Auto-Antonym? (Updated)

An auto-antonym is a word that has two meanings: it means one thing and also its opposite. The perfect example of an auto-antonym is inflammable which means incapable of burning and also capable of burning. Useful, no?

Is aberration the newest auto-antonym?

Boosted by the federal government’s “cash for clunkers” program, U.S. auto sales in August surged to their highest monthly total in more than a year, bolstering hopes that the industry’s recovery will continue in the months ahead.

Car makers expect a sales dip in September but they are confident the U.S. economy is gradually improving and the broader trend in car sales is positive.

“September will be an aberration,” Ken Czubay, vice president of U.S. sales and marketing at Ford Motor Co. said in a conference call. He said Ford is encouraged by positive economic indicators, such as rising home prices and housing starts, and expects that the pace of auto sales in the fourth quarter will be stronger than in the first half.

The way I’d define aberration is as a marked deviation from the norm or from trend. Now consider the graph above of U. S. auto sales. By what stretch of the imagination would a return to flat or slowly rising auto sales sharply below 2007 levels following the “Cash for Clunkers” program be an aberration? Does aberration now mean both a marked deviation from the norm or from trend and a return to the baseline?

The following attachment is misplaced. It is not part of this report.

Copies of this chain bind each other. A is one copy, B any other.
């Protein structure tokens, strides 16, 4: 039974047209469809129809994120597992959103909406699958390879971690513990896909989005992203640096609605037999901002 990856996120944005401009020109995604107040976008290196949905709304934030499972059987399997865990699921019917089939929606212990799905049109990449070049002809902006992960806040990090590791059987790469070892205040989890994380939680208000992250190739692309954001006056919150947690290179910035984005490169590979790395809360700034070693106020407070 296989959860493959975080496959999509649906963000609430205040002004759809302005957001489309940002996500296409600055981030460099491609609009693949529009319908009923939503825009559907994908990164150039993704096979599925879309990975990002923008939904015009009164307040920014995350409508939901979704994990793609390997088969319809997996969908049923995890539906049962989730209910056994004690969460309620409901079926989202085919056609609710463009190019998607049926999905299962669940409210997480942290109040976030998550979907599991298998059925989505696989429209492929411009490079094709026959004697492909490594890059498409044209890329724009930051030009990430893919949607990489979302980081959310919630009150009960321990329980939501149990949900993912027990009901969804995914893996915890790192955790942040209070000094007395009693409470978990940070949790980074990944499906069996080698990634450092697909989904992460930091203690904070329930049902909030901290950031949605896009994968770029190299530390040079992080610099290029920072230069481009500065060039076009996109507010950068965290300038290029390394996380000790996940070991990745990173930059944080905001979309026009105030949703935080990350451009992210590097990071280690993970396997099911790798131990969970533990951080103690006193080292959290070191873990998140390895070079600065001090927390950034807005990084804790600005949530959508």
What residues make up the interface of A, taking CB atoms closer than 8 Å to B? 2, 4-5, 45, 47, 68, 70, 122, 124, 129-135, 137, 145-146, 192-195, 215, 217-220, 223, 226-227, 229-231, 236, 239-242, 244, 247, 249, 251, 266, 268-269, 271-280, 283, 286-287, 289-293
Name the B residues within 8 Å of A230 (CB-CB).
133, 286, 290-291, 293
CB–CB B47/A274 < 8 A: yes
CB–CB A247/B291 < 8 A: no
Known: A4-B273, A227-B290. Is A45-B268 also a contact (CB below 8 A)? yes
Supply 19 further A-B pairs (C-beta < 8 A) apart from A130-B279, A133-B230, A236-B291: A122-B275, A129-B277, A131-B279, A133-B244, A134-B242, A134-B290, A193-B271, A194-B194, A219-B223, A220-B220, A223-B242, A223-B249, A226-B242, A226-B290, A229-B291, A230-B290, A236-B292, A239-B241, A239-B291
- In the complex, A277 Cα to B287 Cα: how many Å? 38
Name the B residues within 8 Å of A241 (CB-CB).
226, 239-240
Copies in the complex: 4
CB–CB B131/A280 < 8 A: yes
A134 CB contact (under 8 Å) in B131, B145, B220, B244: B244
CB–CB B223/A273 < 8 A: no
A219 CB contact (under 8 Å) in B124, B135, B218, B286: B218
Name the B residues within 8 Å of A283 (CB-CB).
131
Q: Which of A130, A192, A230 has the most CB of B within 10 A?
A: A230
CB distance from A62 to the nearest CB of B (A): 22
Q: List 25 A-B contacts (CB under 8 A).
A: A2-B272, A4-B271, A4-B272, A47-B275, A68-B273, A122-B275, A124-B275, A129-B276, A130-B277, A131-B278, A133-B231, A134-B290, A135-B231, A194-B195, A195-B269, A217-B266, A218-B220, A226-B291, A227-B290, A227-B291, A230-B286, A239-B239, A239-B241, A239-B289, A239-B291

Other auto-antonyms include fast, cleave, sanction, and let. The last means either allow or prohibit (mostly in the legal phrase “without let or hindrance”). There’s a sizeable list here.

Update 2

In case you’re wondering about the August up-tick that took place in 2008, that’s an artifact of end of model year specials. Traditionally, U. S. automakers have closed for re-tooling in August and introduced new models in September. That’s not as true now as it used to be.

2 comments… add one
  • Drew Link

    First, the nit picking. Isn’t it true that inflammable is derived from the Latin “in flames?” But in English, “in” connotes “not.”
    Hence the word is apples and oranges by country of origin, rather than an auto-antonym? But now setting aside the silliness of being bored today…..

    I’m afraid you are correct, Dave. I’ll be damned if I can think of a good argument why this wasn’t a one time, temporary shot in the arm, not a sustaining initiative.

    This of course is the criticism of any Keynesian stimulative move: once its over, its over. And then you live with the debt.

    Sorry Professor Krugman.

  • PD Shaw Link

    I bought a G.M. car in 2005, in the midst unprecedented rebates, interest offers, and employee pricing. While I was waiting for the dealer to fill up the gas tank (give me more!!!), I talked with the salesperson who confessed that he was scared that with all of the sales and deals over the last few years, people won’t be coming back for a long time.

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